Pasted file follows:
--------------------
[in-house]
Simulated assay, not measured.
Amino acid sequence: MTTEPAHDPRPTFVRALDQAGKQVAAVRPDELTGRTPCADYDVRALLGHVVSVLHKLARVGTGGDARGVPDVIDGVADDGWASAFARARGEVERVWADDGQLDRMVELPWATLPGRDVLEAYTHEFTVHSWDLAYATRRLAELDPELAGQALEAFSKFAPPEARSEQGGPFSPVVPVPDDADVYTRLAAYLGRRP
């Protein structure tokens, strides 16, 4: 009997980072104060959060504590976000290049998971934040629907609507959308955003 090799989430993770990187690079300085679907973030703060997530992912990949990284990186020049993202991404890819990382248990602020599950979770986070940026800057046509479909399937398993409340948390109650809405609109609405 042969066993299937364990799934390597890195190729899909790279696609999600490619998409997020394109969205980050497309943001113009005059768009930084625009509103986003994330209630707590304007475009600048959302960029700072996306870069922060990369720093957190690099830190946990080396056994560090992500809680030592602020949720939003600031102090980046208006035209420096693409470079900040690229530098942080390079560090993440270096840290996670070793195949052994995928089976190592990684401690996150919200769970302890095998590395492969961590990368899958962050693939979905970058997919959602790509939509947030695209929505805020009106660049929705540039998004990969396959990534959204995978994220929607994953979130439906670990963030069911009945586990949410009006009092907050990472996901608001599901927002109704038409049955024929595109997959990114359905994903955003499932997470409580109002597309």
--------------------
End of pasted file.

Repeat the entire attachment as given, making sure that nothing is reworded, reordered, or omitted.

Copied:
[in-house]
Simulated assay, not measured.
Amino acid sequence: MTTEPAHDPRPTFVRALDQAGKQVAAVRPDELTGRTPCADYDVRALLGHVVSVLHKLARVGTGGDARGVPDVIDGVADDGWASAFARARGEVERVWADDGQLDRMVELPWATLPGRDVLEAYTHEFTVHSWDLAYATRRLAELDPELAGQALEAFSKFAPPEARSEQGGPFSPVVPVPDDADVYTRLAAYLGRRP
């Protein structure tokens, strides 16, 4: 009997980072104060959060504590976000290049998971934040629907609507959308955003 090799989430993770990187690079300085679907973030703060997530992912990949990284990186020049993202991404890819990382248990602020599950979770986070940026800057046509479909399937398993409340948390109650809405609109609405 042969066993299937364990799934390597890195190729899909790279696609999600490619998409997020394109969205980050497309943001113009005059768009930084625009509103986003994330209630707590304007475009600048959302960029700072996306870069922060990369720093957190690099830190946990080396056994560090992500809680030592602020949720939003600031102090980046208006035209420096693409470079900040690229530098942080390079560090993440270096840290996670070793195949052994995928089976190592990684401690996150919200769970302890095998590395492969961590990368899958962050693939979905970058997919959602790509939509947030695209929505805020009106660049929705540039998004990969396959990534959204995978994220929607994953979130439906670990963030069911009945586990949410009006009092907050990472996901608001599901927002109704038409049955024929595109997959990114359905994903955003499932997470409580109002597309």